Unmothered

Un`moth´ered


1.Deprived of a mother; motherless.
References in periodicals archive ?
"As for the hundreds/ of undug holes that will one day/ need filling," she continues, "I can almost hear them: their pitch, taut as tinnitus, aching/ out of an open field, gaping like/ unmothered mouths thirsty for rain."
When at the end of the novel Bride regains her womanly body, she is pregnant, and this transformation shows "that childhood trauma can be overcome and unmothered children [can] become loving mothers to the next generation" (187).
leaves that, waving, seem more animal than these unmothered twigs adrift
Dirty, unmothered, neglected, incongruous' (Salter 1971:69).
Deftly presenting how the absence of a nurturing maternal hand could influence the development of a daughter's self identity, and what might result from the loss of such a role model and source of emotional support, Motherless Daughters tells of why living beyond a mother's final year reminds a daughter of her exquisite separateness; how present-day relationships are defined by past losses; what the "unmothered" woman can do to reclaim her autonomy and restore her connection to the family of the motherline; and how to understand grief as an ongoing journey.
Carlisle also points out the unusually heavy weight of responsibility for others that the unmothered Elizabeth spontaneously assumed throughout her life.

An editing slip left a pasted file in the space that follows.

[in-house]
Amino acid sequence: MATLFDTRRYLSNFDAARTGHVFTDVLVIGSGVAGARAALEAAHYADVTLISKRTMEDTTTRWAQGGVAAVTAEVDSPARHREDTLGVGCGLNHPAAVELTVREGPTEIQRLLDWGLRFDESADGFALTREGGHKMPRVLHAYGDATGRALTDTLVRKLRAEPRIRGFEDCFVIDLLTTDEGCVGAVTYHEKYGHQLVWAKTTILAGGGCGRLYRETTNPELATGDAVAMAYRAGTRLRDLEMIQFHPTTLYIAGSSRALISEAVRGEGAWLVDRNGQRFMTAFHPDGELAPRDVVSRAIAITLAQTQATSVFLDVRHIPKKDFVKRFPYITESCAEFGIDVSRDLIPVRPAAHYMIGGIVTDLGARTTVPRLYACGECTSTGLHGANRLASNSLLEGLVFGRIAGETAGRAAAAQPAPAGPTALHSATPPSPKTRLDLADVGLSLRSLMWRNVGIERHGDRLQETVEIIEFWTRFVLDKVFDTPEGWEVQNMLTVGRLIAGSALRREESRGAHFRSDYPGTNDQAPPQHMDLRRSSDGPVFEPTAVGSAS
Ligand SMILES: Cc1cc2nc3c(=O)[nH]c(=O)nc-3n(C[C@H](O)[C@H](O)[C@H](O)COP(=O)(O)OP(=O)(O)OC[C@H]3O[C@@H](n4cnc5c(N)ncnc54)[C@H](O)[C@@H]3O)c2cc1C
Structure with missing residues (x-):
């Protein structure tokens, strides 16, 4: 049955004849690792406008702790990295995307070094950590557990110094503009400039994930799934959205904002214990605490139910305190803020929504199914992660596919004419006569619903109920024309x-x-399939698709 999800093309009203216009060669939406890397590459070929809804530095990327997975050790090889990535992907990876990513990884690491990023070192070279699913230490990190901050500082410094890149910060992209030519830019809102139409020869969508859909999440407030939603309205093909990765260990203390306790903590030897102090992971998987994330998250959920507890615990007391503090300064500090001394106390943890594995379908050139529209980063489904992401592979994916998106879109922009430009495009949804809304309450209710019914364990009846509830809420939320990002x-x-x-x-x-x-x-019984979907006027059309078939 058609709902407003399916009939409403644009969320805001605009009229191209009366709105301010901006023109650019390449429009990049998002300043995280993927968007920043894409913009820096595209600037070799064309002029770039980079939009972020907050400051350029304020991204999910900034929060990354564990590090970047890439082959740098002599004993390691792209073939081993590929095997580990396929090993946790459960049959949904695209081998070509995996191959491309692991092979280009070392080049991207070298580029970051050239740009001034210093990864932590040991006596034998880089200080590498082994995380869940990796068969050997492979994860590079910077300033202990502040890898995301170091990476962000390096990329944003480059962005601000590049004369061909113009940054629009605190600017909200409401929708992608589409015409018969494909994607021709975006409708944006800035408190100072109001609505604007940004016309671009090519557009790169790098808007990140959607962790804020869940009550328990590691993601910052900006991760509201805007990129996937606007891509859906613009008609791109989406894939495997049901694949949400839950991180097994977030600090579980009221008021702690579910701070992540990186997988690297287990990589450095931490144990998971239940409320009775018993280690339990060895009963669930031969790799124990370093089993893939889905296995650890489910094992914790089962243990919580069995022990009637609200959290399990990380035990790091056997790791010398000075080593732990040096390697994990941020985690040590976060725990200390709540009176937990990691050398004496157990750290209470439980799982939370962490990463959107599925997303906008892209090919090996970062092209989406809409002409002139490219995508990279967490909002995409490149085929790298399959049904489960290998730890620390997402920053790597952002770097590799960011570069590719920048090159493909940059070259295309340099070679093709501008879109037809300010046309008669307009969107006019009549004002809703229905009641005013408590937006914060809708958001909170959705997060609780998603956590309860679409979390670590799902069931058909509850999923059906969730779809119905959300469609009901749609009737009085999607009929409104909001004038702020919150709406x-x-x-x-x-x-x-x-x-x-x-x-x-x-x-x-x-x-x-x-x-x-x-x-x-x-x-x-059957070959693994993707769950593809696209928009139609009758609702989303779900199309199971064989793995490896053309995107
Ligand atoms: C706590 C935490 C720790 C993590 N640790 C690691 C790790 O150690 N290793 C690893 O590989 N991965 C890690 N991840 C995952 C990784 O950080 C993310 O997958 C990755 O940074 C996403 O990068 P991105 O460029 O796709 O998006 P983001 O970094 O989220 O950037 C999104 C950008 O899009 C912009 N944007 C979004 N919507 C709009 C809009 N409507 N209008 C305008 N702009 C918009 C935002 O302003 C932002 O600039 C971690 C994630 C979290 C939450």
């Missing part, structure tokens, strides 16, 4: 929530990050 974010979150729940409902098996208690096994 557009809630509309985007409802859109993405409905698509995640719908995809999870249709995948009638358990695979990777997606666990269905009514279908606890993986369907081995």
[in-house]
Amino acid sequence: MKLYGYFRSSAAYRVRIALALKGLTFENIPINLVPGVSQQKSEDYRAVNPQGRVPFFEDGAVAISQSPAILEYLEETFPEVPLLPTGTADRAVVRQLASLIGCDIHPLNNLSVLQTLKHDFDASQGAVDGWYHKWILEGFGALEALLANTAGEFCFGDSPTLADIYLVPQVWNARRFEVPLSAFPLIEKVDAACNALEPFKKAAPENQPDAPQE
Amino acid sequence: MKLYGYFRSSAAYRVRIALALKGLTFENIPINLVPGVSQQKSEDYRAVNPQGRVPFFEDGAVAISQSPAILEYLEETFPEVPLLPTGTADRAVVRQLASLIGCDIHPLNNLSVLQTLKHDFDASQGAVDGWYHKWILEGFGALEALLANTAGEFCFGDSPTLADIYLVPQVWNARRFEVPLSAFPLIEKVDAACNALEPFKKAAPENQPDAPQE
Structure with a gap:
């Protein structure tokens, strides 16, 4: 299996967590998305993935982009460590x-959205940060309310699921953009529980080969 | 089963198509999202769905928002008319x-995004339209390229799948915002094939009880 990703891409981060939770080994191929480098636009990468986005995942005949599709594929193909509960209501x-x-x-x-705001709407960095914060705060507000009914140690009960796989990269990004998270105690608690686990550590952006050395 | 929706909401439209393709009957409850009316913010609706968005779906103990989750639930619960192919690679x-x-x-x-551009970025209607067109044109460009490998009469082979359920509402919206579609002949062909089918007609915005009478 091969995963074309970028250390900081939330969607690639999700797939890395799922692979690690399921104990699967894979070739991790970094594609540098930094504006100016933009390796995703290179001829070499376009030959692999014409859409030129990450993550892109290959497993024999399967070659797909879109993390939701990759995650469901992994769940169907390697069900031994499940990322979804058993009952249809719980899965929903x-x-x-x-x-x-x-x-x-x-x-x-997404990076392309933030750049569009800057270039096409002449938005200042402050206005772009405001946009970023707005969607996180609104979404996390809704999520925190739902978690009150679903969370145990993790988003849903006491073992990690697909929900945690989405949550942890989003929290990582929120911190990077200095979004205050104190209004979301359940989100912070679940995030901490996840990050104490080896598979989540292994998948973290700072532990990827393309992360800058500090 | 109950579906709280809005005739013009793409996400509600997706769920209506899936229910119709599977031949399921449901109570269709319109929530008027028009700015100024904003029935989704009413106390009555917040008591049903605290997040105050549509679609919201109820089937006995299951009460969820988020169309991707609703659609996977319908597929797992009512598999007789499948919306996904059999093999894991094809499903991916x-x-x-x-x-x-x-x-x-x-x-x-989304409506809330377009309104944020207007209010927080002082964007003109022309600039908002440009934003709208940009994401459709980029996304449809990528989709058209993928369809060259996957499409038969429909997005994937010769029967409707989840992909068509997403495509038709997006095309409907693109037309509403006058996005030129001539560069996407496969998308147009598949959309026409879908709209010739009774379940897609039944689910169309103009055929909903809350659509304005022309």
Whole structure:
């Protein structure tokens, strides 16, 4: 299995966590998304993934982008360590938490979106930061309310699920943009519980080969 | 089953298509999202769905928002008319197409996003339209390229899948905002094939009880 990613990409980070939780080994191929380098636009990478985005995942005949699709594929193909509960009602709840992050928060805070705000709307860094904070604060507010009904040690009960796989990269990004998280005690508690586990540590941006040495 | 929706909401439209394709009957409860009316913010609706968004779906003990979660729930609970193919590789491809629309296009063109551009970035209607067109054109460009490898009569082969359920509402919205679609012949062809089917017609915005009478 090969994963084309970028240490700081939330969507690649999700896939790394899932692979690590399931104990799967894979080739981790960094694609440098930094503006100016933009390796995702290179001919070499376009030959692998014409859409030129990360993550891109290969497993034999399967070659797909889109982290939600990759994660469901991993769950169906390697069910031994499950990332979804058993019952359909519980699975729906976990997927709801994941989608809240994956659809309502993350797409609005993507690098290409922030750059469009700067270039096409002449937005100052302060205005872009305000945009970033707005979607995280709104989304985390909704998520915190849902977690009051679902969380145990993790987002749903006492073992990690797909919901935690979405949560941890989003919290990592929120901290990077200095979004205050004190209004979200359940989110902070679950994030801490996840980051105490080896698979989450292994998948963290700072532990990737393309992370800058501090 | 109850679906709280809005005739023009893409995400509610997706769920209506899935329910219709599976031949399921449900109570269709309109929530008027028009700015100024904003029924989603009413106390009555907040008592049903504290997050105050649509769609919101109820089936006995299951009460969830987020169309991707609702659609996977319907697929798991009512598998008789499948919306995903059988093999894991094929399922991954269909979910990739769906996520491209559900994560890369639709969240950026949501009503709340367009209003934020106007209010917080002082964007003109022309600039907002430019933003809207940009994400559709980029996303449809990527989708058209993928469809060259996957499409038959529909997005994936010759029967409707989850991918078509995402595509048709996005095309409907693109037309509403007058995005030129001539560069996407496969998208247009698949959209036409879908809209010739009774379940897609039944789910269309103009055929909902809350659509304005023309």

Kindness, unmothered responsibility, prolonged closeness to death, short 5-HTT genes--suicide is the hardest of losses to explain.
Bodenheimer shows how the gain of motherhood in adoption of Lewes's boys might be reflected in the adoption by Silas of Eppie, but also (in the case of Thornton and Herbert) points to the parallel of the unmothered Cass boys, who are in danger of wasting their lives in immorality and debauchery; the relationship of life and fiction is further complicated by the story of Nancy's childlessness, which Bodenheimer understands to be morally connected with the childless author's repressed anxieties and unfulfilled desires.
He hates her for smiling when she doesn't "have to," and for appearing "alive and responsive and attentive," because he is unaware that the childhood of an unmothered black girl might entail "a fast crack on the head if you let the hunger show" (106).
Unable to work on her planned biography of Constance Fenimore Woolson, unable to distract herself through busyness and achievement, she allows herself to descend through layers of emotional pain, on a journey toward the sadness of recognizing that she was profoundly unmothered. She realizes how her emotionally distant mother was unable to give her the nurturance she needed - and how she, driven by perfectionism and the need to be successful in all her roles, could not care for herself.